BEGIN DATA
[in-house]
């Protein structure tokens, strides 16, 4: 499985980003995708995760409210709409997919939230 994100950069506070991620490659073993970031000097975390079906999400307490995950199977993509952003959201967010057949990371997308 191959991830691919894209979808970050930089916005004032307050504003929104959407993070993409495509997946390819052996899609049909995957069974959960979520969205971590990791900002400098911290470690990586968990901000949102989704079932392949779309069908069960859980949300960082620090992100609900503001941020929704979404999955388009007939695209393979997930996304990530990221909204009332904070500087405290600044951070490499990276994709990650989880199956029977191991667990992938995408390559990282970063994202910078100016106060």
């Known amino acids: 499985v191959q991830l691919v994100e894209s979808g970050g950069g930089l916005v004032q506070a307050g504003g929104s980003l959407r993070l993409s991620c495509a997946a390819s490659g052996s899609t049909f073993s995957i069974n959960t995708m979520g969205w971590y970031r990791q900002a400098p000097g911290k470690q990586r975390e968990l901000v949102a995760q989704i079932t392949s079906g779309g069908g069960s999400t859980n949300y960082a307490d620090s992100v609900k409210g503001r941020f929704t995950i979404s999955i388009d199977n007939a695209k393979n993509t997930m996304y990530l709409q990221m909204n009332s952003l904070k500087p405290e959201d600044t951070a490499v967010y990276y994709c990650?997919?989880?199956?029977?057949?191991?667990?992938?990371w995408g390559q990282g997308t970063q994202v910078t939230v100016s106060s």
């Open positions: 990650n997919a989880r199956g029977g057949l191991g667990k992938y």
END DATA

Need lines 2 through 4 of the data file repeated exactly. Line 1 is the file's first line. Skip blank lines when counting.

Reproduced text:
């Protein structure tokens, strides 16, 4: 499985980003995708995760409210709409997919939230 994100950069506070991620490659073993970031000097975390079906999400307490995950199977993509952003959201967010057949990371997308 191959991830691919894209979808970050930089916005004032307050504003929104959407993070993409495509997946390819052996899609049909995957069974959960979520969205971590990791900002400098911290470690990586968990901000949102989704079932392949779309069908069960859980949300960082620090992100609900503001941020929704979404999955388009007939695209393979997930996304990530990221909204009332904070500087405290600044951070490499990276994709990650989880199956029977191991667990992938995408390559990282970063994202910078100016106060």
């Known amino acids: 499985v191959q991830l691919v994100e894209s979808g970050g950069g930089l916005v004032q506070a307050g504003g929104s980003l959407r993070l993409s991620c495509a997946a390819s490659g052996s899609t049909f073993s995957i069974n959960t995708m979520g969205w971590y970031r990791q900002a400098p000097g911290k470690q990586r975390e968990l901000v949102a995760q989704i079932t392949s079906g779309g069908g069960s999400t859980n949300y960082a307490d620090s992100v609900k409210g503001r941020f929704t995950i979404s999955i388009d199977n007939a695209k393979n993509t997930m996304y990530l709409q990221m909204n009332s952003l904070k500087p405290e959201d600044t951070a490499v967010y990276y994709c990650?997919?989880?199956?029977?057949?191991?667990?992938?990371w995408g390559q990282g997308t970063q994202v910078t939230v100016s106060s």
């Open positions: 990650n997919a989880r199956g029977g057949l191991g667990k992938y």